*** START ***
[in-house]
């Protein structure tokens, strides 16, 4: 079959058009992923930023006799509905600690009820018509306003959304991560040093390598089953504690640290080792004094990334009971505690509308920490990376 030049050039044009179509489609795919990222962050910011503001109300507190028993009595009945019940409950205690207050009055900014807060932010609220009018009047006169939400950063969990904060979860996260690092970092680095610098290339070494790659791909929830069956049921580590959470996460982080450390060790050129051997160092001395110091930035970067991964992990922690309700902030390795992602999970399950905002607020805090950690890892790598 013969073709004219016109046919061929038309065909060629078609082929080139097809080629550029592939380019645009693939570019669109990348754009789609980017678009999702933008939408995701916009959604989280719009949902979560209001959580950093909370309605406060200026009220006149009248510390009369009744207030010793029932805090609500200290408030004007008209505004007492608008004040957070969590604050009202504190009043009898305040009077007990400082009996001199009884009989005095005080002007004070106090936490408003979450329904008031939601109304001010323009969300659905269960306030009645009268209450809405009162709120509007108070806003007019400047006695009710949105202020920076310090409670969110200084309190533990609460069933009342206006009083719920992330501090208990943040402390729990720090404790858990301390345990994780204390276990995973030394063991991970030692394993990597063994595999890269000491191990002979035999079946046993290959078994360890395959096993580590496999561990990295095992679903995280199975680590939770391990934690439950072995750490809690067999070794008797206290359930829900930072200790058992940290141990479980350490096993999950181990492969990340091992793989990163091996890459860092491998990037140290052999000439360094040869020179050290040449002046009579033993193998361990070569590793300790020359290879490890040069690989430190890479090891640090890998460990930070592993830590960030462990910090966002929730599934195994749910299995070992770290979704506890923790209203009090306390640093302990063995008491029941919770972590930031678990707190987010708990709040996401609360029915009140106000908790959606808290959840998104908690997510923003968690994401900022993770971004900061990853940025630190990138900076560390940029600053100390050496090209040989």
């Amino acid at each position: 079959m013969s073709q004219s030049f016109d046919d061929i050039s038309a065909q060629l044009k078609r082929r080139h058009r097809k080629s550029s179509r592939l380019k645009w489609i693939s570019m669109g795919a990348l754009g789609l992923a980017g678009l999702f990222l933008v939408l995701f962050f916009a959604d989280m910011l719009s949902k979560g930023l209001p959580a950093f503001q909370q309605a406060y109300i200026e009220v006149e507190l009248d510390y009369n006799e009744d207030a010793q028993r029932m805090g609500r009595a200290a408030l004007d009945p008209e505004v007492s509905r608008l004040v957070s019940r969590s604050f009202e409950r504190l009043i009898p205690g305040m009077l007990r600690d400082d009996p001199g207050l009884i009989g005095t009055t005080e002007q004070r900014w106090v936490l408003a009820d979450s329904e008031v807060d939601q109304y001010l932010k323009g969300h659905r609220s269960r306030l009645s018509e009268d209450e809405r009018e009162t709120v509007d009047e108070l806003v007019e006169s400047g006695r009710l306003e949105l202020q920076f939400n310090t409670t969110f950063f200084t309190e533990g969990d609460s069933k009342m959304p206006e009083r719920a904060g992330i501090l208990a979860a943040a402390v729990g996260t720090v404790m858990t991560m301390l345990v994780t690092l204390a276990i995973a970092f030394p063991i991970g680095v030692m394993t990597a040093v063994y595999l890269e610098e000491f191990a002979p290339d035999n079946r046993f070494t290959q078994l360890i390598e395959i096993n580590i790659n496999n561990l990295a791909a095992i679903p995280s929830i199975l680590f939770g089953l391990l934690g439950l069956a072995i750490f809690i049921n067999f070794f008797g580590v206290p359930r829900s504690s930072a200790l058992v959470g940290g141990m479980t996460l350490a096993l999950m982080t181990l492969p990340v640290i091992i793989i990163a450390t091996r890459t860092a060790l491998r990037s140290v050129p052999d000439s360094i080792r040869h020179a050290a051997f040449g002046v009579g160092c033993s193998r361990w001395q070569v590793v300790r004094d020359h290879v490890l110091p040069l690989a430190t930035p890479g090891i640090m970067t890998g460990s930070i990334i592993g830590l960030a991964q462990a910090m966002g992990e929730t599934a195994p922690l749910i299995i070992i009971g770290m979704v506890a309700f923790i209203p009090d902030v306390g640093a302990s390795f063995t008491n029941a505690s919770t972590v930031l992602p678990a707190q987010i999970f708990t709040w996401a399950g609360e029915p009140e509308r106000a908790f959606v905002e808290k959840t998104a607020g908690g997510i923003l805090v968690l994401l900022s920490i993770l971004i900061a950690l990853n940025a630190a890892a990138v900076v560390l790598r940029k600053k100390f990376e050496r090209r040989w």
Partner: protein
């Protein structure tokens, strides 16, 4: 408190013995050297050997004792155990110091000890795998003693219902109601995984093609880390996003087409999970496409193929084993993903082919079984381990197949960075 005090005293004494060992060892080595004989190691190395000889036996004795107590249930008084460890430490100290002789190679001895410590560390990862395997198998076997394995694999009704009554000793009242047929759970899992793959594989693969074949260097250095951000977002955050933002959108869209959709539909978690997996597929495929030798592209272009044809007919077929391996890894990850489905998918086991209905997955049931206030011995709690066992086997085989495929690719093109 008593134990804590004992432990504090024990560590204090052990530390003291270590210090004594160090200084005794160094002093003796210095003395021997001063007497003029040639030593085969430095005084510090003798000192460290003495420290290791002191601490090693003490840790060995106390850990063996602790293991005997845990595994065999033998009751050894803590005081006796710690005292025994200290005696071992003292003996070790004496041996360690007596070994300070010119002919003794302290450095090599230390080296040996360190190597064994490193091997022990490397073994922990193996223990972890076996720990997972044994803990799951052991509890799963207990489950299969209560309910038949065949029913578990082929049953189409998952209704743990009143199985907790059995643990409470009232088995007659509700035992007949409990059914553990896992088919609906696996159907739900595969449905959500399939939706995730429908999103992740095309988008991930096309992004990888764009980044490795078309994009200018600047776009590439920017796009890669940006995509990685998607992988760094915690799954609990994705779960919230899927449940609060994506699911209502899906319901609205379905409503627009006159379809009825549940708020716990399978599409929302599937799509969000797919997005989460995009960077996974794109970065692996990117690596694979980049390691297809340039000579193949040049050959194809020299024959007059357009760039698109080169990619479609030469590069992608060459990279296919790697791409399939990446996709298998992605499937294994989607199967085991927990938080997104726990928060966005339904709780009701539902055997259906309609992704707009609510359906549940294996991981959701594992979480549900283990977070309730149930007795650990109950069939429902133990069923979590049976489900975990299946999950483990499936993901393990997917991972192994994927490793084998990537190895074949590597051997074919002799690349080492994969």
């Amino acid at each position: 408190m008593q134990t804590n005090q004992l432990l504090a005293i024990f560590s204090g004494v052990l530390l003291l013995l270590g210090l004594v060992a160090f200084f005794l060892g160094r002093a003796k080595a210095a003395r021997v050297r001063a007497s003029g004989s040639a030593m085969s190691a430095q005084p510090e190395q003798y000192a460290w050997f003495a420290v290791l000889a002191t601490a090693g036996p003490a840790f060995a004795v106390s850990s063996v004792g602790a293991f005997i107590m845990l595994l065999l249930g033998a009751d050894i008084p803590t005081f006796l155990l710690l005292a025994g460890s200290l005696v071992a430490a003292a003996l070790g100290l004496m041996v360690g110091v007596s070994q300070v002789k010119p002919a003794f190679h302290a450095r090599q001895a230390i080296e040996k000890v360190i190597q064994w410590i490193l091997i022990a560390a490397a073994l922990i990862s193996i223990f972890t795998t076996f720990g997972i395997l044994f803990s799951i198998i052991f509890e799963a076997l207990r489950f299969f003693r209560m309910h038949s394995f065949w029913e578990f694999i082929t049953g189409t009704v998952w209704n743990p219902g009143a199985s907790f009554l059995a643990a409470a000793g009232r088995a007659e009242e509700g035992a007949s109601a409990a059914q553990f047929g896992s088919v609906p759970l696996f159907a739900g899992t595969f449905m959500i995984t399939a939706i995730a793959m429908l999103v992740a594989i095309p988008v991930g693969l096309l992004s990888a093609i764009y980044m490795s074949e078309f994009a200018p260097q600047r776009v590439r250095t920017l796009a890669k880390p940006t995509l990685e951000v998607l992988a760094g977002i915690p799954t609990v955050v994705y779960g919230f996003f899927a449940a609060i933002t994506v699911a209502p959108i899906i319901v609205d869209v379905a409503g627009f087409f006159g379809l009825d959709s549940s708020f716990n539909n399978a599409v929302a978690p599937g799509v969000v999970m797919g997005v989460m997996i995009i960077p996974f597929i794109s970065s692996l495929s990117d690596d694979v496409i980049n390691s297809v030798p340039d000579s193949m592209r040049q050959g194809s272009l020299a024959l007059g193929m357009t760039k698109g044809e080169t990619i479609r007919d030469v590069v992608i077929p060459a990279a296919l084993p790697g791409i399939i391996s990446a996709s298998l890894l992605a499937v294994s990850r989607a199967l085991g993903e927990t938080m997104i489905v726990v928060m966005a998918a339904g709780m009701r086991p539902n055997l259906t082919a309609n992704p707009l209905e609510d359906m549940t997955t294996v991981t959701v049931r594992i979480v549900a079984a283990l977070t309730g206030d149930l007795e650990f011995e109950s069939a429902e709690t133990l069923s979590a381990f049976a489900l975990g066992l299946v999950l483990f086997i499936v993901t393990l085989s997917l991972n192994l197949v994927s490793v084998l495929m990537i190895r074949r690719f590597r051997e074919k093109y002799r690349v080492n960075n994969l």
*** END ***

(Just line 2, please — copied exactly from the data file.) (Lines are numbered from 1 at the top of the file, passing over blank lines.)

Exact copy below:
């Protein structure tokens, strides 16, 4: 079959058009992923930023006799509905600690009820018509306003959304991560040093390598089953504690640290080792004094990334009971505690509308920490990376 030049050039044009179509489609795919990222962050910011503001109300507190028993009595009945019940409950205690207050009055900014807060932010609220009018009047006169939400950063969990904060979860996260690092970092680095610098290339070494790659791909929830069956049921580590959470996460982080450390060790050129051997160092001395110091930035970067991964992990922690309700902030390795992602999970399950905002607020805090950690890892790598 013969073709004219016109046919061929038309065909060629078609082929080139097809080629550029592939380019645009693939570019669109990348754009789609980017678009999702933008939408995701916009959604989280719009949902979560209001959580950093909370309605406060200026009220006149009248510390009369009744207030010793029932805090609500200290408030004007008209505004007492608008004040957070969590604050009202504190009043009898305040009077007990400082009996001199009884009989005095005080002007004070106090936490408003979450329904008031939601109304001010323009969300659905269960306030009645009268209450809405009162709120509007108070806003007019400047006695009710949105202020920076310090409670969110200084309190533990609460069933009342206006009083719920992330501090208990943040402390729990720090404790858990301390345990994780204390276990995973030394063991991970030692394993990597063994595999890269000491191990002979035999079946046993290959078994360890395959096993580590496999561990990295095992679903995280199975680590939770391990934690439950072995750490809690067999070794008797206290359930829900930072200790058992940290141990479980350490096993999950181990492969990340091992793989990163091996890459860092491998990037140290052999000439360094040869020179050290040449002046009579033993193998361990070569590793300790020359290879490890040069690989430190890479090891640090890998460990930070592993830590960030462990910090966002929730599934195994749910299995070992770290979704506890923790209203009090306390640093302990063995008491029941919770972590930031678990707190987010708990709040996401609360029915009140106000908790959606808290959840998104908690997510923003968690994401900022993770971004900061990853940025630190990138900076560390940029600053100390050496090209040989």